We descended to the Lollards Pit pub (see previous entry about the cathedral precincts), crossed the lovely medieval bridge over the Wensum and strolled up quiet, spacious Bishopsgate to the Great Hospital. It was founded in 1249 by Bishop Walter de Suffield to look after 'decrepit chaplains', and then (Pevsner) 'any poor, sick people,' though a notice above the usually shut door (I took this photo at sunset on New Year's Eve 2019 - just as well because this time in our delight at finding the place open, we rushed through), gives the Tudors all the credit.

The Great Hospital holds roughly to its original brief, though one of its inhabitants, whom we met at St George Tombland at the end of our walk, told us there are 'too many rules' and that it's become quite expensive (you used to have to be without property, and that's no longer the case). Moreover the three-tier arrangement whereby those who had become infirm in the second category could move on to the third no longer pertains, since the ultimate care has been removed. It's all exquisitely beautiful, starting with the 'bee garden' to the left of the church entrance from the road.

Simon Knott in his comprehensive Churches of East Anglia - Norfolk website remarks of the church of St Helen that 'this great building is the last of the the medieval churches in Norwich city centre to appear on this website, simply because it is the last one that I have been able to get into'. Occasional special tours of the Hospital make it possible, and there are weekly Sunday morning services. The tours weren't happening at the time of our visit, but we were lucky in that not only was this the day of the Norfolk Churches Walk (always the same September Saturday) but the second of the Heritage Open Days, which meant that the good people of Norwich had put quite a bit of effort into opening and presentation. 

First impressions past the porch are of a certain strangeness - there's no east window, for instance, but an 18th century copy of Raphael's Tranfiguration and a pulpit.

This is by no means the end of the building, which continues thus (a block had been knocked down, hence the red hoardings).

To the east, the chancel was used as accommodation for women, the Infirmary Hall to the west for men. That no longer pertains, but the separation remains (it was a shame not to get to see the 252 spread eagles on the ceiling of the room above, built in honour of Anne of Bohemia in 1383). The altar is in fact located in the Chantry Chapel, in front of an early Georgian Creed Board,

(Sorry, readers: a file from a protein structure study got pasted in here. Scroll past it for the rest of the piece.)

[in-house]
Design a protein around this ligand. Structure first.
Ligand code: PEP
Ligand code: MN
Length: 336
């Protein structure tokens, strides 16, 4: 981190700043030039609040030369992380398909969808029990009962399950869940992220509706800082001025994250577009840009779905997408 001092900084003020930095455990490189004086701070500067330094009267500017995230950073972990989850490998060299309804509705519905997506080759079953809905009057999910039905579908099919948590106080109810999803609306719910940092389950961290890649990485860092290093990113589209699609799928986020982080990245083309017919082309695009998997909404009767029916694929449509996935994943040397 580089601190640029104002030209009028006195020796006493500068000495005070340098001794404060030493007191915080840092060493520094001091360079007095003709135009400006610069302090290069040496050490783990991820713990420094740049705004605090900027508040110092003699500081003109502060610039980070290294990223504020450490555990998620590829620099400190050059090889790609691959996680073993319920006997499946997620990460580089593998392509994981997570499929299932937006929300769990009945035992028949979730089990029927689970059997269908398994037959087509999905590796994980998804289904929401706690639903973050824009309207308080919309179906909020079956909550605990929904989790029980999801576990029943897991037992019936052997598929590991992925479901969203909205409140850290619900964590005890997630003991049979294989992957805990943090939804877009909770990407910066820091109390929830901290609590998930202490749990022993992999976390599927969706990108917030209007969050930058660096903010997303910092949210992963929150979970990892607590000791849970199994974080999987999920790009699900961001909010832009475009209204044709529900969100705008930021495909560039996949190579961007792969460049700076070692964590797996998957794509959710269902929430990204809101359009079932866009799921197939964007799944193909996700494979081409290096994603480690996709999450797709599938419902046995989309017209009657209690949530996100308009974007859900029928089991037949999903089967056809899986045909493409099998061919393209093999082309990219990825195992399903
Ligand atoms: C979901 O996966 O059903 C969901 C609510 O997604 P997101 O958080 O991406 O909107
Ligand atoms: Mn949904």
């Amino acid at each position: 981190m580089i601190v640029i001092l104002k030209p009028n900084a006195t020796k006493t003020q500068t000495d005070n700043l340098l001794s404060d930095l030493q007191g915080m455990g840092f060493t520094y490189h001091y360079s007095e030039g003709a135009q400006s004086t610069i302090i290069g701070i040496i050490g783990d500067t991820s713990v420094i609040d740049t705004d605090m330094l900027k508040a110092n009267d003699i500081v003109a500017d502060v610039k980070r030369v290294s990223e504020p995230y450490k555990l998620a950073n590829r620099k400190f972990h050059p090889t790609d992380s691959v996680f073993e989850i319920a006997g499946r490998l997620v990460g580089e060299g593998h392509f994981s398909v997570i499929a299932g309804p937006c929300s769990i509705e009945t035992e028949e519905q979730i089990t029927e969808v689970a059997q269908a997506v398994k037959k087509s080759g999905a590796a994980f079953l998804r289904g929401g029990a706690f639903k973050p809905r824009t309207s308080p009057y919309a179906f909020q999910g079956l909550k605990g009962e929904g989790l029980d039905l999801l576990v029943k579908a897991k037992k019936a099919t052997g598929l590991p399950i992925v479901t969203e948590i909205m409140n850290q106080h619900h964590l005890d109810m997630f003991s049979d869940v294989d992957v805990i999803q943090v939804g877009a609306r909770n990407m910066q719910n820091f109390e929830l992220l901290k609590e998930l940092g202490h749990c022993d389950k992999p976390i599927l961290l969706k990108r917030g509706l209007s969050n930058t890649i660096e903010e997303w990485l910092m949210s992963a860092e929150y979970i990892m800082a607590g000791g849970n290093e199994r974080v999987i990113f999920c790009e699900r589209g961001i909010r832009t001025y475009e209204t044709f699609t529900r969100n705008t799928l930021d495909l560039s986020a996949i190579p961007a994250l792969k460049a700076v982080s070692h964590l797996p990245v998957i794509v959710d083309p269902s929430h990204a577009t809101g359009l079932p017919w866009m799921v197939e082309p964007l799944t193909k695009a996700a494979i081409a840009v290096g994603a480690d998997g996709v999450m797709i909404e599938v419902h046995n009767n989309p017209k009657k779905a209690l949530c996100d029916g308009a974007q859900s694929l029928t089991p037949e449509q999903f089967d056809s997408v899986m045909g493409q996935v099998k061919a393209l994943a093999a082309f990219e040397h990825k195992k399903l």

and above is one of the glories of Norwich, the lierne vault, carries on the tradition of the brightly (re)painted bosses in the Cathedral (and is probably by John Everard, the chief mason). 

Amazingly, though the cleaning and repainting of the ceiling was undertaken in 1944, the original colours in oil could be traced at that time. Soot encrusting had saved them; it probably came from the Great Hospital fire instigated by anti-enclosures rebel Robert Kett's uprising in 1549. Extraordinary that so little damage happened then or subsequently, when the cult of the Virgin represented in the stories of the bosses was saved from defacement - easier to understand in the case of the Cathedral bosses because they're so much higher. 

These, of course, are much easier to see without binoculars, though I did make use of my zoom. to highlight some of the details. Here are three. The smaller Bible stories around the large central boss representing the Coronation of the Virgin amplify Mary's 'Joys'. The second is a lovely nativity scene with, against the fencing, Mary left and Joseph right, while the central figure is one of the midwives featured in apocryphal nativity stories (and in Norwich mystery plays).

I love the Ascension, Mary's fourth Joy. While she looks up flanked by the disciples,Christ's feet and the bottom of his robe can be seen below and between clouds like fan-vaulting.

Beyond an outer circle of disciples are angels and historical figures. This one could be Richard II, and perhaps he's right to look worried.

Back in the main body of the church are fine bench-ends made between 1519 and 1532 during the Mastership of John Hacker.

The small cloister beyond, built about 1450, is a beauty. I wouldn't mind living on the first floor here.